In the midst of a murder trial, where, in the cold, sterile setting of a courtroom, the finger of blame is being pointed and deflected, it is easy to forget, at the centre of it all, the true tragedy.

That a real person, a much-loved sister, daughter and best friend, has lost her life.

Gable Tostee has been found not guilty in the murder trial over the death of Warriena Wright.

Gable Tostee entering court. Photo / News Corp
Gable Tostee entering court. Photo / News Corp

We heard little of Warriena, the 26-year-old New Zealander, during the Brisbane Supreme Court trial of her accused killer.


We heard she was on holiday on the Gold Coast when she matched with Tostee on the dating app Tinder, and that soon after meeting, they returned to his apartment, where they drank and had sex.

We heard those terrified screams, before she plummeted 14 floors from his balcony to her death.

We did not hear that Wright, known as Rrie to her friends and family, was an animal lover, and passionate animal rights activist.

That she worked in a bank. That she had travelled to Queensland for a friend's wedding and had taken two weeks to coincide with that event to travel around the state's southeast.

That in that time she went skydiving, and proudly had her photo taken at a wildlife sanctuary with a python draped over her shoulders.

Warriena Wright and Gabe Tostee shown to the jury in Tostee's trial. Photo / Supplied
Warriena Wright and Gabe Tostee shown to the jury in Tostee's trial. Photo / Supplied

"My sister was the most important person in my world," Reza Wright said through tears in August, 2014, days after Warriena plummeted to her death.

On the morning Wright died, Reza, now 25, lost her best friend.

Soon after her death, Reza said she and her sister were largely estranged from their parents, which made their bond even tighter than those of normal sisters.


It was just the two of them against the world.

"We really only had each other. She looked after me and always made sure that I was OK and she was really responsible as well," she said.

Reza said Wright also took care of their mother Merzabeth, who also travelled to Brisbane for Tostee's trial.

Warriena Wright. Photo / Supplied
Warriena Wright. Photo / Supplied

Reza was the first witness to give evidence last week.

The pain of her loss seemed to have dulled little in the two years since her sister died.

At times on the stand, Reza was overcome by tears, as she told how in the hours before her death, her sister had told her via Facebook message she had met a guy who looked like Sam Winchester, a character in one of her favourite television shows Supernatural.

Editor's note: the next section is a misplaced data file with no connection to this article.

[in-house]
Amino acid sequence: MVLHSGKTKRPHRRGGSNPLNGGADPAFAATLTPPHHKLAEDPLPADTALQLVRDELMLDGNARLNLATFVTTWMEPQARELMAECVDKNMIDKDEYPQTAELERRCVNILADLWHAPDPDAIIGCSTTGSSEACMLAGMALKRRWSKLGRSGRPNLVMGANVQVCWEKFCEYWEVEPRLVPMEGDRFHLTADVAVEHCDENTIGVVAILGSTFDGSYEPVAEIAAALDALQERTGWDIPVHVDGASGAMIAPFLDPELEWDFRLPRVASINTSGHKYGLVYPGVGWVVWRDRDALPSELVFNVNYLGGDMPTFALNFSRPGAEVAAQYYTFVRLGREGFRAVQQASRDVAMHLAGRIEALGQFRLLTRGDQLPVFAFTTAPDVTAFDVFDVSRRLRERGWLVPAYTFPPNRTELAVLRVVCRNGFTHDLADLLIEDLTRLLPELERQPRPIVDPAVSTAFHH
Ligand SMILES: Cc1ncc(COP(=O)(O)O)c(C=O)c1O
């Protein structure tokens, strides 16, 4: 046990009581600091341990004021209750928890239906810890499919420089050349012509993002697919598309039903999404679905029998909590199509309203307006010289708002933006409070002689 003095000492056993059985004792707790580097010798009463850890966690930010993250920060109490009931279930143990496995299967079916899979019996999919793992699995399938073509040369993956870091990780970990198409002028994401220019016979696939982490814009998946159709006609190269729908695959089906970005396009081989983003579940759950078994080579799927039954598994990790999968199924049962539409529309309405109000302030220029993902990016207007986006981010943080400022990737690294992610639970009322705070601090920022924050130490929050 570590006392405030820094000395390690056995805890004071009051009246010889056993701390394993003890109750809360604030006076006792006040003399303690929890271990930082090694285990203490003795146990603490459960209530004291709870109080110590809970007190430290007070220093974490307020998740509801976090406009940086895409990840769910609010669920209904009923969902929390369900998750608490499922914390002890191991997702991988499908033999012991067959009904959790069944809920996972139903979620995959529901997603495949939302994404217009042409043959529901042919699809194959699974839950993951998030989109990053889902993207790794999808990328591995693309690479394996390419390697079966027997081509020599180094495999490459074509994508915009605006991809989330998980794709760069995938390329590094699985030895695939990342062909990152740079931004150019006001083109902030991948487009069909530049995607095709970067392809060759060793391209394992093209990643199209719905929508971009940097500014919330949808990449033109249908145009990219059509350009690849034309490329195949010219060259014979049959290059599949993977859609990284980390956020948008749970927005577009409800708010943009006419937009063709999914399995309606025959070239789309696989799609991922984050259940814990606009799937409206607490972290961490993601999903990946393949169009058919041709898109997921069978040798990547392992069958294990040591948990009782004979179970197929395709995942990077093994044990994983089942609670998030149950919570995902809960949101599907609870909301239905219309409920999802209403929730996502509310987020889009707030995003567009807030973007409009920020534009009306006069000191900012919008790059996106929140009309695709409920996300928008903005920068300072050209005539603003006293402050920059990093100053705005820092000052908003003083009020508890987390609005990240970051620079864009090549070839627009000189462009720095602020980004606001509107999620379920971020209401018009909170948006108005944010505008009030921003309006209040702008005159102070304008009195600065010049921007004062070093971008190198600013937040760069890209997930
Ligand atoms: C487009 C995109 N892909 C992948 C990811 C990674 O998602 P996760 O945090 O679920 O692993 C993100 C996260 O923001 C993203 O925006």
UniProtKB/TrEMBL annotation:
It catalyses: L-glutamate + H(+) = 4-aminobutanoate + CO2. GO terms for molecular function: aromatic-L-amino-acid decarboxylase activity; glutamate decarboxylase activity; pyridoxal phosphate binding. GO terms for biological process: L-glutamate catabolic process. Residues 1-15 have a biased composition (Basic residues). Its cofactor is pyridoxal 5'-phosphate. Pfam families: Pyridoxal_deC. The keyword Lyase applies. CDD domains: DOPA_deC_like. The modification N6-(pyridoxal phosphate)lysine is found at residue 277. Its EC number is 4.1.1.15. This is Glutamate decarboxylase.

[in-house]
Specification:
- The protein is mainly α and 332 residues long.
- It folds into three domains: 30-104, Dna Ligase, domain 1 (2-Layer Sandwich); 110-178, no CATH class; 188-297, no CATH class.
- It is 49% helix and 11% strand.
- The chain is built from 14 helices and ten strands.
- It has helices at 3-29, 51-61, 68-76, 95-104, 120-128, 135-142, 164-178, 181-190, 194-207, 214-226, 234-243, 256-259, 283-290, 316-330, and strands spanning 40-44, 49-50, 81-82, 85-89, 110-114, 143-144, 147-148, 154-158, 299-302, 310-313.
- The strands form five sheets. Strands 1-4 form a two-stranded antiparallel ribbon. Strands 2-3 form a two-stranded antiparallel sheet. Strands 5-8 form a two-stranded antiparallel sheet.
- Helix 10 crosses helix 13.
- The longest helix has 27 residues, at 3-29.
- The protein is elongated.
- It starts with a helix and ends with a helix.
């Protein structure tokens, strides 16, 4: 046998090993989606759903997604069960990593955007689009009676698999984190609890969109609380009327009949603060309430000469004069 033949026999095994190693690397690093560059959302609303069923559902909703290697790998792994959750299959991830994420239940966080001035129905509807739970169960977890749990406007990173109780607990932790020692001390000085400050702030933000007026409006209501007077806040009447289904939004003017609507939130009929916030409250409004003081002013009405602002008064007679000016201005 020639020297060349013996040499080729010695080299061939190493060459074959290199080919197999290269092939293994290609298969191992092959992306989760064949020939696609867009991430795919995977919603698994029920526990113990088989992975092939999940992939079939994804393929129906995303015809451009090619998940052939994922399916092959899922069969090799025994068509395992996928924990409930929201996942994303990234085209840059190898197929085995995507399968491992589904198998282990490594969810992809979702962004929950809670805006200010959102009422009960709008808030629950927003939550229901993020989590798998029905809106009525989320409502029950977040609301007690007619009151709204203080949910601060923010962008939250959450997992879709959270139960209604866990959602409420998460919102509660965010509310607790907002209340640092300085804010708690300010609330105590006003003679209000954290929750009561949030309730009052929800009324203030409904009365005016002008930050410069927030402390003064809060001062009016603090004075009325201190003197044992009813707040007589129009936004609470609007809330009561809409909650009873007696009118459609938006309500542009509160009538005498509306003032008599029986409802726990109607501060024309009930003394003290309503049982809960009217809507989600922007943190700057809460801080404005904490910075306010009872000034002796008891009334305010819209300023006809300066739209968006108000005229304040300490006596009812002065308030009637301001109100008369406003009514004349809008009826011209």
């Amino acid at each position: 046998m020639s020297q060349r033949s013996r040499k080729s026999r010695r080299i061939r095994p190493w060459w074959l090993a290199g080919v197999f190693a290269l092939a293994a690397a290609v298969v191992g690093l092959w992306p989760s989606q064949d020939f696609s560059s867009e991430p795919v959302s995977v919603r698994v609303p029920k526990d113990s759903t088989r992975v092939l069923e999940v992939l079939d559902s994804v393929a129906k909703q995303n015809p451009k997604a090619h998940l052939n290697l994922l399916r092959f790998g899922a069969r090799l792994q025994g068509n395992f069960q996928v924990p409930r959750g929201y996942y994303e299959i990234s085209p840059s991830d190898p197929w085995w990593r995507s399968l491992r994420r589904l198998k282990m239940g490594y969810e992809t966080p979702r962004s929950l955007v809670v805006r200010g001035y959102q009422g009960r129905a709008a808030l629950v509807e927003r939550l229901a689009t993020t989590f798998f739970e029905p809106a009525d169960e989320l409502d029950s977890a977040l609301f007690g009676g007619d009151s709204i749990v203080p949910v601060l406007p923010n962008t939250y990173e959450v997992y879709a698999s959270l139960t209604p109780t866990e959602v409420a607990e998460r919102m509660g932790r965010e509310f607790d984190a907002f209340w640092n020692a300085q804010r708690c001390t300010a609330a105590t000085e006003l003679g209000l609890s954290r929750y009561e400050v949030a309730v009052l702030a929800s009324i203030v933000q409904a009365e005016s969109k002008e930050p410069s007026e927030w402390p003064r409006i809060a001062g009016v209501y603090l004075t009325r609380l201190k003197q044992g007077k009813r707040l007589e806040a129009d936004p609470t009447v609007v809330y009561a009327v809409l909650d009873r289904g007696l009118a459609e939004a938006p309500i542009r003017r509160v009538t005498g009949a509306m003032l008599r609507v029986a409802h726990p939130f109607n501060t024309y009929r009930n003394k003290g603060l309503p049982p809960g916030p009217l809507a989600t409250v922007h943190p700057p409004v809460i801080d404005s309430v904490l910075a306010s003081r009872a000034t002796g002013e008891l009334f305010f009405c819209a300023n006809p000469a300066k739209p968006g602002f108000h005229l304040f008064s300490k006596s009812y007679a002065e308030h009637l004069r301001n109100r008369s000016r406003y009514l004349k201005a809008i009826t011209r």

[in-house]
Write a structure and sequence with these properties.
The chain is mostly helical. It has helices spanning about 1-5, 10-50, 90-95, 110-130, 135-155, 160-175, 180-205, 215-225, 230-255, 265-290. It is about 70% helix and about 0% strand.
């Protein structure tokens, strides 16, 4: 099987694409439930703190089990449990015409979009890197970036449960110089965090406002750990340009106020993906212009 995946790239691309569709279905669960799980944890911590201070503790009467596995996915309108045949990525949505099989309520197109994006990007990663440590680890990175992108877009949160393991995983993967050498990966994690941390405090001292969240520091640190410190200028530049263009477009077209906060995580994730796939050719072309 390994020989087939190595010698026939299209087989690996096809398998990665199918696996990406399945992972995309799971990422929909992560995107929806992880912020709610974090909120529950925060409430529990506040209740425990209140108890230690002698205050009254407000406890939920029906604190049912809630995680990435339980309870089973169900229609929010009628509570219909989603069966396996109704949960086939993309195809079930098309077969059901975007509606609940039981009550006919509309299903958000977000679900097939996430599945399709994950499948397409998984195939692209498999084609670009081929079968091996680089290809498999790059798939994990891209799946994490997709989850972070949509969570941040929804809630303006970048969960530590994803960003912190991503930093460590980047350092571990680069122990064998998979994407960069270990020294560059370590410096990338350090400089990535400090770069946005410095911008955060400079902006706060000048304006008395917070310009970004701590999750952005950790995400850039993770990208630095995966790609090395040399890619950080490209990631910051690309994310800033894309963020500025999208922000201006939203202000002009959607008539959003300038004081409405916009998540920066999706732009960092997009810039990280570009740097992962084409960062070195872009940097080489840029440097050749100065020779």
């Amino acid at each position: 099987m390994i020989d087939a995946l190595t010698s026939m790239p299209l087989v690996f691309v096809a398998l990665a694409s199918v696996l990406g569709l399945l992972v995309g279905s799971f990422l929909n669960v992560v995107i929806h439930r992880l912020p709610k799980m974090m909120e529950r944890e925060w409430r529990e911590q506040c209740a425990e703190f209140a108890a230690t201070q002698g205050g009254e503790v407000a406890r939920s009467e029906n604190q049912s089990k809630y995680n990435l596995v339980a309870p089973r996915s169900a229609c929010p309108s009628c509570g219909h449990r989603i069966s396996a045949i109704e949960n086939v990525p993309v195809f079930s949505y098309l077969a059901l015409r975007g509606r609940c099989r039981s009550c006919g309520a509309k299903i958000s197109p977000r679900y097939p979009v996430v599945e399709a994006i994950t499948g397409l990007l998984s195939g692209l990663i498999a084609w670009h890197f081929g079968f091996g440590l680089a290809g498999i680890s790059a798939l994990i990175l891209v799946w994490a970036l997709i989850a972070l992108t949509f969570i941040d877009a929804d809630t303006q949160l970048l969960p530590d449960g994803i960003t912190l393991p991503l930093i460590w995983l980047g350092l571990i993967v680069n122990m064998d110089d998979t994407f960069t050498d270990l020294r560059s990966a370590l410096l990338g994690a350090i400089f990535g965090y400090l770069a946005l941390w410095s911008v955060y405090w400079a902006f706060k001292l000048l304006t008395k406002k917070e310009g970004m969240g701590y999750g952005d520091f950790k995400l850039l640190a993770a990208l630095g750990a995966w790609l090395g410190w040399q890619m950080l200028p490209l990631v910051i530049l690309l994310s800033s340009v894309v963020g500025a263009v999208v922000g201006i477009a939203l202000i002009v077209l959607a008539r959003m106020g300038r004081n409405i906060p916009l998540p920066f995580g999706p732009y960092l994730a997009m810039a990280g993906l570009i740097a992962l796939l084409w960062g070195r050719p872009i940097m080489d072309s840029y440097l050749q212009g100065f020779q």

She said they were drinking together and sent her dark selfies of the pair taken on Tostee's balcony where, just hours later, Wright would climb over the balustrade and fatally fall to the driveway below.

It was the last time the sisters would communicate.

Reza travelled to the Gold Coast in the days after her sister's death, before Tostee was charged, to appeal for information, while clearly distraught.

She said Warriena was a private person, who hated attention, who loved animals and practical jokes.

"Rrie was a strong supporter for animal rights and protection and stood by her convictions," she said.

"Rrie was always a funny practical joker who constantly kept my friends entertained and happy."

While Wright's family did travel to Brisbane for the trial, little time was spent in the courtroom.

Last Thursday, through a family spokeswoman, Mrs Wright told the media she had not wanted to hear her daughter's final, terrified screams that were captured on the secret recording Tostee made in his apartment that fateful night.

She said she would return to New Zealand to continue mourning her eldest child, and wished to be left alone to do so in private.

"The media have hurt me so bad. When this is over I will go back to New Zealand. I want to be left alone. Please respect my privacy, I will not talk to anybody; just leave our family in peace," she said.

"No matter how this goes, I just want to go home."